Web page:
make better hunters."
Chocolates, like yellows, have also been present all along in the breed.
In fact, the well known story of the origins of the Chesapeake Bay Retriever
refers to an 1807 shipwreck involving two St. John's dogs
probably destined for Poole and hence to Malmesbury or Buccleuch: one black and one liver. Some believe that the chocolate color was introduced into Labradors around the turn of the century by crossing
with Pointers. This is unlikely for several reasons:
Prior documented presence of livers
in the St. John's dogs.
The presence of the liver color in many other closely related breeds, such as the Flat-coat, Chesapeake, and Newfoundland.
Since liver is recessive to black, it is perfectly possible to "hide" the gene in many generations of black, especially if the occasional liver is quietly culled.
Chocolate Labradors have gained favor much more slowly than the yellows
have, although culling of them probably declined about the same time. They
did well in early field trials at the turn of the century
but it was not until 1964 that Britain had its first chocolate bench champion, Cookridge Tango.
Chocolates are by far the rarest color in the ring, whether show or
field. They are increasing in popularity steadily, though, and in another
10 years may equal the other colors in numbers, acceptance, and
quality. Prejudice against chocolates in both show and field arenas is still widely present today. They are either "too ugly" for the show ring or "too stupid/stubborn" for the field.
The Standard is the physical "blueprint" of the breed. It describes
the physical appearance and other desired qualities of the breed otherwise
known as type. Some characteristics, such as size, coat quality,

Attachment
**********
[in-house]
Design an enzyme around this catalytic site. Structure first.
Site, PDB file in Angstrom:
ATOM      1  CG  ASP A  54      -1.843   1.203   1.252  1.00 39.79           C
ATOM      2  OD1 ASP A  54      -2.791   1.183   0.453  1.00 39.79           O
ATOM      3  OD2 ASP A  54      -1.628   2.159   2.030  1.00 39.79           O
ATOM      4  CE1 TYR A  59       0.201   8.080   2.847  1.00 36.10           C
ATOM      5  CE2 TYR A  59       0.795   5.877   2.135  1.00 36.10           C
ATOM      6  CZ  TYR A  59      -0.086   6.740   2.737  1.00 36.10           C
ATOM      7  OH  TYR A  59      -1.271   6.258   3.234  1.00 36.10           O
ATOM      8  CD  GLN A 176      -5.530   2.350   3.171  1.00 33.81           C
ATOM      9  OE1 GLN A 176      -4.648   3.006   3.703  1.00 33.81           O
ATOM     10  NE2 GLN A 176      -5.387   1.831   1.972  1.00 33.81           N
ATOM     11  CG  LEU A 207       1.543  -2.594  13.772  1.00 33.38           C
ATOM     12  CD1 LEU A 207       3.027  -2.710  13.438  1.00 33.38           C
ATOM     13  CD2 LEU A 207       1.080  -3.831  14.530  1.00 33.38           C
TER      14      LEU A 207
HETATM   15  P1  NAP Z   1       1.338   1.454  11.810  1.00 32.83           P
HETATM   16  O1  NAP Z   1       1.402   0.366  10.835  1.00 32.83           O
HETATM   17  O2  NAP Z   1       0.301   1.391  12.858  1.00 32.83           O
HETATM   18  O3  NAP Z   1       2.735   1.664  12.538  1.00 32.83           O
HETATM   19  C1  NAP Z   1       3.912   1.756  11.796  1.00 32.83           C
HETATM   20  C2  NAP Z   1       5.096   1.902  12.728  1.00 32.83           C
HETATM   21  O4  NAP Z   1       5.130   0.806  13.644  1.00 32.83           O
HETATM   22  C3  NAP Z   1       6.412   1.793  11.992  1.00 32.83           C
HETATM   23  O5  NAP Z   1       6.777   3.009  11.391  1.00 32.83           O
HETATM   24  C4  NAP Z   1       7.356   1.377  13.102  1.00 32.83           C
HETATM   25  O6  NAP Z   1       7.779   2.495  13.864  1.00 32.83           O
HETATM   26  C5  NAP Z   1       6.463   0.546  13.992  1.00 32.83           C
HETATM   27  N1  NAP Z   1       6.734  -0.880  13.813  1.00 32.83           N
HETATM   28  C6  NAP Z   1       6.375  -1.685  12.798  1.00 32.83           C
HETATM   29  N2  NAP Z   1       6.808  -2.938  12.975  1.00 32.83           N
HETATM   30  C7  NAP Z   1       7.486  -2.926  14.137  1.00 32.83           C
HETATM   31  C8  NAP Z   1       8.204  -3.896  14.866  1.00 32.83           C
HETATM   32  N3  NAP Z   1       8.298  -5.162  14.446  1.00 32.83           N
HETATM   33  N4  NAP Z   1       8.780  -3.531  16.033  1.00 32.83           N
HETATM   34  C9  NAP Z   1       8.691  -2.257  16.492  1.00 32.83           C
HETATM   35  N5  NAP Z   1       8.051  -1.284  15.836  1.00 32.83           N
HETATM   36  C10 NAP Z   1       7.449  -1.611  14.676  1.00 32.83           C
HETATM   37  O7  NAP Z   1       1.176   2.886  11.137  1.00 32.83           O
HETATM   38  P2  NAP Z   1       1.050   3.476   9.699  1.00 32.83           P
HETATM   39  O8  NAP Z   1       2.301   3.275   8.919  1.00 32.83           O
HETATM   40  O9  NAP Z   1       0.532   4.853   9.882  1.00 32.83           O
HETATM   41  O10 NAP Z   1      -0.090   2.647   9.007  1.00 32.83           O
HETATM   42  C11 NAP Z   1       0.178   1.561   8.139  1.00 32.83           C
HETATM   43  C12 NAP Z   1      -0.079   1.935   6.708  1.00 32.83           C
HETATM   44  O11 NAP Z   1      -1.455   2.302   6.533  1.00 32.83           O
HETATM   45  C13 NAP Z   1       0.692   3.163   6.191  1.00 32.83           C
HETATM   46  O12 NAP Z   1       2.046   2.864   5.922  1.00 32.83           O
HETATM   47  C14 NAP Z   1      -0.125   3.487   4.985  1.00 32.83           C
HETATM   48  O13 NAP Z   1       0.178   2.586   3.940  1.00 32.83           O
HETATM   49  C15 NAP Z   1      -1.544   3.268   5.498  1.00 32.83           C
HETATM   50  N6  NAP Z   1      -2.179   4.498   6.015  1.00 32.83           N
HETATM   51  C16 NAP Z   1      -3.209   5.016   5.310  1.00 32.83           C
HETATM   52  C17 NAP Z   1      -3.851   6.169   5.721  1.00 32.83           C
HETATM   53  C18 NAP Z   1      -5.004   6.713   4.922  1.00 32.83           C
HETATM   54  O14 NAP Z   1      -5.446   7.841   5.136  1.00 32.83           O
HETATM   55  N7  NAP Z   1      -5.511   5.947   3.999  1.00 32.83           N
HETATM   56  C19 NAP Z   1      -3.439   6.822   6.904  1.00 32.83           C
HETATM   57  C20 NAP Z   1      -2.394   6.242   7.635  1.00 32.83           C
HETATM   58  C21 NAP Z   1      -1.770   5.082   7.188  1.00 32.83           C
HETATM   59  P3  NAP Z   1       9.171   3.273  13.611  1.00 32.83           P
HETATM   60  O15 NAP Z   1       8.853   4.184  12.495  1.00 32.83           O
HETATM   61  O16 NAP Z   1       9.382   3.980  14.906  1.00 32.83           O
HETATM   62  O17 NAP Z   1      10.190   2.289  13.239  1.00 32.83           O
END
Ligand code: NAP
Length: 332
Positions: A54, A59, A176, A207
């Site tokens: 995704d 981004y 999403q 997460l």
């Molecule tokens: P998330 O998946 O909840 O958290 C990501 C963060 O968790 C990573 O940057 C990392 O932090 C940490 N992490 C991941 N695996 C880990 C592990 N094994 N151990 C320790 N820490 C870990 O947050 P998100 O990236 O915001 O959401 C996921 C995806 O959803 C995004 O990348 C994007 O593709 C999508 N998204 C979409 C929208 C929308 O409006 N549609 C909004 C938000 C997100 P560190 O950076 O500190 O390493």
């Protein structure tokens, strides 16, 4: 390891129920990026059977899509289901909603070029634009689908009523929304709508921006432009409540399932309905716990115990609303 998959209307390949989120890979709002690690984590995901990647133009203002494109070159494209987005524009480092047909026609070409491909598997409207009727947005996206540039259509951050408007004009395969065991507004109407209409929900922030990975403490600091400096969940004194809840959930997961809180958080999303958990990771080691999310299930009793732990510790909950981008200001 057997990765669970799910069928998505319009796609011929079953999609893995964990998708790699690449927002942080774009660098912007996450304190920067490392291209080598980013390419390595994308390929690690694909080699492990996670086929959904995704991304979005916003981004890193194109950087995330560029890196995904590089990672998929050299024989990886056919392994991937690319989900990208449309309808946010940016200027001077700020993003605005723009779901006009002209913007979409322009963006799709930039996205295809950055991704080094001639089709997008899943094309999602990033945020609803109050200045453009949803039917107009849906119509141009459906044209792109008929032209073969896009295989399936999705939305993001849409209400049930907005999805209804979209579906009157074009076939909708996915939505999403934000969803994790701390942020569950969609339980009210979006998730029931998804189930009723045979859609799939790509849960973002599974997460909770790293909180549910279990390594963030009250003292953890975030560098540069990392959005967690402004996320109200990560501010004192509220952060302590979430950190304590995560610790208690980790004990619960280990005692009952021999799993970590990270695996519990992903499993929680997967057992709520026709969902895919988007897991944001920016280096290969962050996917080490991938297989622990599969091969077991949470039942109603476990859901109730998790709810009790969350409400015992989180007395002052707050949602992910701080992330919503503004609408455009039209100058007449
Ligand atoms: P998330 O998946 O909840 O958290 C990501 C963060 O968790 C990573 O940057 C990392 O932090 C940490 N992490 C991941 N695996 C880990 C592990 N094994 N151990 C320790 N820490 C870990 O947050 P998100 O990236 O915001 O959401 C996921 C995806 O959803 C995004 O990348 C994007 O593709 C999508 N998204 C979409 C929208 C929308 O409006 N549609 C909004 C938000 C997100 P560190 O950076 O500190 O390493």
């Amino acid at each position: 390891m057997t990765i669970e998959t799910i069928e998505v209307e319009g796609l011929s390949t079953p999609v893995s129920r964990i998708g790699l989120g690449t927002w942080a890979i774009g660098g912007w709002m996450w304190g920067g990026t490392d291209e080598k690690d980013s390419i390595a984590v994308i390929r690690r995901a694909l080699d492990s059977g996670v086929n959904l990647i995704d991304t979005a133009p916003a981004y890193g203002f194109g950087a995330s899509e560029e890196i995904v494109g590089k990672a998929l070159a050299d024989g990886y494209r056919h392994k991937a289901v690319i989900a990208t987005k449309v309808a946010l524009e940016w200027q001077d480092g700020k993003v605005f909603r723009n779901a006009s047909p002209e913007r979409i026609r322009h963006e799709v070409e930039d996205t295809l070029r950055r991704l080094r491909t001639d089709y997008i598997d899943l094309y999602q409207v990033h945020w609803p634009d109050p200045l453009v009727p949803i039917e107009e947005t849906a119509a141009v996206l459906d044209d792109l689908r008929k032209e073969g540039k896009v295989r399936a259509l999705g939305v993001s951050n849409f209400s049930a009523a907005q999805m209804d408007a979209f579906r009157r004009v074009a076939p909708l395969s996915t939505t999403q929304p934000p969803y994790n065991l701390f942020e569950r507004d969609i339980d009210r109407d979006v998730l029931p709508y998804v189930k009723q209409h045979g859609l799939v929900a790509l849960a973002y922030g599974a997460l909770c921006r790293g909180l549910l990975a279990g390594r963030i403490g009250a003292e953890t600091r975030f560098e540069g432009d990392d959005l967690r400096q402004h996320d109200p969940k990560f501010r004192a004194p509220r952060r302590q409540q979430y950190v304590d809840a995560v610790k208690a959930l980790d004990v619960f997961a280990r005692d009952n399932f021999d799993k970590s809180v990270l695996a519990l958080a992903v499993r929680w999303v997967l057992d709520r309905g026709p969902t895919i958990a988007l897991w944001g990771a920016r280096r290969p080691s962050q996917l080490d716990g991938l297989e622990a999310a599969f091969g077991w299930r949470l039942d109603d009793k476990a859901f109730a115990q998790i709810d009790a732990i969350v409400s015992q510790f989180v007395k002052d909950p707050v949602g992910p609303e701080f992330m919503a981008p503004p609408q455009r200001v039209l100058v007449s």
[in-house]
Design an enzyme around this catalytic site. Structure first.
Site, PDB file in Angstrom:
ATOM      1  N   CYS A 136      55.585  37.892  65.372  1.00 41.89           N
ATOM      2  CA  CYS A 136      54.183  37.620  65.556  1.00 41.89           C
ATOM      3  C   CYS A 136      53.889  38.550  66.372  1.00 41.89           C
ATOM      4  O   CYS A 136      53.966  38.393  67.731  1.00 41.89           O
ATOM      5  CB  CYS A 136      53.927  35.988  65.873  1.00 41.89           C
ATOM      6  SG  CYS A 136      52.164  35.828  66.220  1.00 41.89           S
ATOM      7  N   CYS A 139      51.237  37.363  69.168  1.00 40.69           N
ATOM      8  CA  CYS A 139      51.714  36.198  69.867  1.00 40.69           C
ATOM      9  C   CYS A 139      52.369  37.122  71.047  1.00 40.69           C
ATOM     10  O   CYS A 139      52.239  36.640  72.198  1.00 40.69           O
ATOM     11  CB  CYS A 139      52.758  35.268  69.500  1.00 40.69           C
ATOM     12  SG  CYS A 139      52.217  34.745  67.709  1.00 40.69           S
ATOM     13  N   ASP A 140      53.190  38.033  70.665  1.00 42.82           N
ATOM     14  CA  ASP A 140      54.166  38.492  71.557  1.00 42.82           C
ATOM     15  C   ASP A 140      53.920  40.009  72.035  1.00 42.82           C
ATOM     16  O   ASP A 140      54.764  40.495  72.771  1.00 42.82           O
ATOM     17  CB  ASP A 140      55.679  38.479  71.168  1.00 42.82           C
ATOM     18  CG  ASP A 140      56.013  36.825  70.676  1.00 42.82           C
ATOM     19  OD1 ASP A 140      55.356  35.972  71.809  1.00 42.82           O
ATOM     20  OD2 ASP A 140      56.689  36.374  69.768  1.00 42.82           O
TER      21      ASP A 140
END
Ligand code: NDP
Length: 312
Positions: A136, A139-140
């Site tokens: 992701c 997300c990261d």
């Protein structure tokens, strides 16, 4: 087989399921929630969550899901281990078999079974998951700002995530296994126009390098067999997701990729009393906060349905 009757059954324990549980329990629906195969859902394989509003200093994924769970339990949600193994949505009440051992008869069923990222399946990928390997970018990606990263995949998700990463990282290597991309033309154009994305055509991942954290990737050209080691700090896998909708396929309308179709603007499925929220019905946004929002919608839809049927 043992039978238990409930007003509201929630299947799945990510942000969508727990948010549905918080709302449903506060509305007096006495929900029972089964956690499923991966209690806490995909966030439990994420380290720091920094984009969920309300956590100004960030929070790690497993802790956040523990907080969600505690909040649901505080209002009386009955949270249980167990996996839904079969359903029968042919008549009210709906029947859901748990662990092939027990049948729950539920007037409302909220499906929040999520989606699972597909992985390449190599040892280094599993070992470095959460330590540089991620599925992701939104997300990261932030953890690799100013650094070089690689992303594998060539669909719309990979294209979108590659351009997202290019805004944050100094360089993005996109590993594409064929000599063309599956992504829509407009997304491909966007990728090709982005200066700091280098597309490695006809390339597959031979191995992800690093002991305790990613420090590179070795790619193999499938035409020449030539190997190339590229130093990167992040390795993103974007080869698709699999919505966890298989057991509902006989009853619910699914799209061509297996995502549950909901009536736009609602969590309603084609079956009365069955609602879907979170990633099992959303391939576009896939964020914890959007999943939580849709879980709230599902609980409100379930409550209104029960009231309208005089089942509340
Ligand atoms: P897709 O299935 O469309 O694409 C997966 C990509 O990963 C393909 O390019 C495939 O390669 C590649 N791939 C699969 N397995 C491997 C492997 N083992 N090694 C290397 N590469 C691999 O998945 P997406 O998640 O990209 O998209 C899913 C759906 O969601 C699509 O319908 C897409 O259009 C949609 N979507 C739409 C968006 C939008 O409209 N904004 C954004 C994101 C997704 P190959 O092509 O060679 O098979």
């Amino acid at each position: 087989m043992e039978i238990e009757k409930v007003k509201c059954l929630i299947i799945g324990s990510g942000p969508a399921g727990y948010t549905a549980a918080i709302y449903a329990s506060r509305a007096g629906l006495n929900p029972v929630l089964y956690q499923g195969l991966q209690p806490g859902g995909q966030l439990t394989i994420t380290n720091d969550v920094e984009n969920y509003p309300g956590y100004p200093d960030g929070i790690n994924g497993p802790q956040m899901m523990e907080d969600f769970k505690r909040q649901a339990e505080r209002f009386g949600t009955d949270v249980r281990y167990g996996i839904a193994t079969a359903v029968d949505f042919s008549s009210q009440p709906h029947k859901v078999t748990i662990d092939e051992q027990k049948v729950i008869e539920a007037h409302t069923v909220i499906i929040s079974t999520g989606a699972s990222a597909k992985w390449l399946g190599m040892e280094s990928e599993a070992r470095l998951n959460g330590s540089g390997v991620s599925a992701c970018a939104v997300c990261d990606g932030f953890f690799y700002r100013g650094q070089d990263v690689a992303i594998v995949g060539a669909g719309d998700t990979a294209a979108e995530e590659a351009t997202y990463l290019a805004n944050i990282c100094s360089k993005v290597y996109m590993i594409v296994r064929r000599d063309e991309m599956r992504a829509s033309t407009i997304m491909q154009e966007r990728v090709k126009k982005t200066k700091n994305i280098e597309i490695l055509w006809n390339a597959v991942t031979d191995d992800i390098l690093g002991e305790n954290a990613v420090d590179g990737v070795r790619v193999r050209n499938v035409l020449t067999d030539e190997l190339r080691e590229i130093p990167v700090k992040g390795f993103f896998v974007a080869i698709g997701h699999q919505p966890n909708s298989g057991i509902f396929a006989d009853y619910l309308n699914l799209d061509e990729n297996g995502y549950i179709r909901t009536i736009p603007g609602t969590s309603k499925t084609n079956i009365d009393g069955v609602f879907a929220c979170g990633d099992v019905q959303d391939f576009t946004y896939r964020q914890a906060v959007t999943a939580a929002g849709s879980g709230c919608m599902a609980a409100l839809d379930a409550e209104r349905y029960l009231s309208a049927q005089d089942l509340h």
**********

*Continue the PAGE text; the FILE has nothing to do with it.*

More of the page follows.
and movement, are based on the original (or current) function for the dog. Other characteristics are more cosmetic such as eye color; but taken together they set this breed apart from all others. The Standard
describes an ideal representive of the breed. No individual dog is perfect, but the Standard provides an ideal for the breeder to strive towards.
American Kennel Club
Australian National Kennel Club
Canadian Kennel Club
Kennel Club of Great Britain
United Kennel Club
(this list is incomplete)
Special Medical Problems
Labradors are susceptible to hip dysplasia as well as other joint problems.
All breeding stock should be x-rayed and certified clear of hip dysplasia
by OFA (Orthopedic Foundation for Animals) and/or by
the Wind-Morgan program (see below) and/or by the PennHip methods. Most breeders will use OFA and may optionally use Wind Morgan or PennHip as an adjunct. The breeder should be able to provide
you with copies of certifications done on both sire and dam.
Labradors are also at risk for several eye problems including: PRA (
Progressive Retinal Atrophy), cataracts, and retinal dysplasia. All breeding
stock should be examined annually by a board certified
veterinary ophthalmologist. Most responsible breeders will turn that evaluation in to CERF for tracking of various eye problems in the breed and thus have a CERF number for their dog, good for one year.
You should ask to see a copy of the paperwork that is turned in to CERF, though, because this form will report on other things that may not deny the dog a CERF number but could be of further interest.
Diagnosis of PRA is not easy. The dog may be diagnosed via an Electroretinogram
(ERG), which will give advance notice by about two years from actual blindness.